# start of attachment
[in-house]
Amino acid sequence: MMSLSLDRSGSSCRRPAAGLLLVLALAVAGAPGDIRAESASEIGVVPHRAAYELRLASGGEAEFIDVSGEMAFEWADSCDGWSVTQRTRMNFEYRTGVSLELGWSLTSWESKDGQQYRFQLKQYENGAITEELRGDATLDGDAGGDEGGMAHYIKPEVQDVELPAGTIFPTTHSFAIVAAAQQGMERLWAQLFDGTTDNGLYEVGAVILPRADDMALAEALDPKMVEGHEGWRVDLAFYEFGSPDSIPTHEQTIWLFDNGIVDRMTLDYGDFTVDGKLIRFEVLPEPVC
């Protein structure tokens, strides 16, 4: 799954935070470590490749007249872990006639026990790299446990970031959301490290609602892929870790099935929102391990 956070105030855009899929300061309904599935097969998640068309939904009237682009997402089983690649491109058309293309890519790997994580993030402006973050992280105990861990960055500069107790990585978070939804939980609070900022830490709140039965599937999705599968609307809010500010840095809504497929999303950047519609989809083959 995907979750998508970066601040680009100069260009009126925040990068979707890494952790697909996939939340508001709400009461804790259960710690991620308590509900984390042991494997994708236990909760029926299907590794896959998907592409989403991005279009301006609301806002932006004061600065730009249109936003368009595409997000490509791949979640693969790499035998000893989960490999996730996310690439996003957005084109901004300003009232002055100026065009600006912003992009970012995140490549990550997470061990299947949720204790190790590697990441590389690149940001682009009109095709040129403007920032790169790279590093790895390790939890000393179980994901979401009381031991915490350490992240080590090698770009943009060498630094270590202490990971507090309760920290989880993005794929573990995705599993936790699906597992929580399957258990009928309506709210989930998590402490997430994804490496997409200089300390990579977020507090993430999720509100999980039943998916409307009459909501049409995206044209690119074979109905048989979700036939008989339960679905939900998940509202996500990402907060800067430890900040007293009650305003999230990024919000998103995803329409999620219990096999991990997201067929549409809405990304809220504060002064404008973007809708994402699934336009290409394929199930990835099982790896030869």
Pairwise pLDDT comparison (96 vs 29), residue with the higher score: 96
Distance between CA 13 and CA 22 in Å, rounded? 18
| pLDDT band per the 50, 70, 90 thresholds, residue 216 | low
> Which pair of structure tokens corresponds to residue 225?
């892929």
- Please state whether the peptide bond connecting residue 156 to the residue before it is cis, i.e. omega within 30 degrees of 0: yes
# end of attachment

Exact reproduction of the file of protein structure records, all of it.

[in-house]
Amino acid sequence: MMSLSLDRSGSSCRRPAAGLLLVLALAVAGAPGDIRAESASEIGVVPHRAAYELRLASGGEAEFIDVSGEMAFEWADSCDGWSVTQRTRMNFEYRTGVSLELGWSLTSWESKDGQQYRFQLKQYENGAITEELRGDATLDGDAGGDEGGMAHYIKPEVQDVELPAGTIFPTTHSFAIVAAAQQGMERLWAQLFDGTTDNGLYEVGAVILPRADDMALAEALDPKMVEGHEGWRVDLAFYEFGSPDSIPTHEQTIWLFDNGIVDRMTLDYGDFTVDGKLIRFEVLPEPVC
């Protein structure tokens, strides 16, 4: 799954935070470590490749007249872990006639026990790299446990970031959301490290609602892929870790099935929102391990 956070105030855009899929300061309904599935097969998640068309939904009237682009997402089983690649491109058309293309890519790997994580993030402006973050992280105990861990960055500069107790990585978070939804939980609070900022830490709140039965599937999705599968609307809010500010840095809504497929999303950047519609989809083959 995907979750998508970066601040680009100069260009009126925040990068979707890494952790697909996939939340508001709400009461804790259960710690991620308590509900984390042991494997994708236990909760029926299907590794896959998907592409989403991005279009301006609301806002932006004061600065730009249109936003368009595409997000490509791949979640693969790499035998000893989960490999996730996310690439996003957005084109901004300003009232002055100026065009600006912003992009970012995140490549990550997470061990299947949720204790190790590697990441590389690149940001682009009109095709040129403007920032790169790279590093790895390790939890000393179980994901979401009381031991915490350490992240080590090698770009943009060498630094270590202490990971507090309760920290989880993005794929573990995705599993936790699906597992929580399957258990009928309506709210989930998590402490997430994804490496997409200089300390990579977020507090993430999720509100999980039943998916409307009459909501049409995206044209690119074979109905048989979700036939008989339960679905939900998940509202996500990402907060800067430890900040007293009650305003999230990024919000998103995803329409999620219990096999991990997201067929549409809405990304809220504060002064404008973007809708994402699934336009290409394929199930990835099982790896030869």
Pairwise pLDDT comparison (96 vs 29), residue with the higher score: 96
Distance between CA 13 and CA 22 in Å, rounded? 18
| pLDDT band per the 50, 70, 90 thresholds, residue 216 | low
> Which pair of structure tokens corresponds to residue 225?
């892929």
- Please state whether the peptide bond connecting residue 156 to the residue before it is cis, i.e. omega within 30 degrees of 0: yes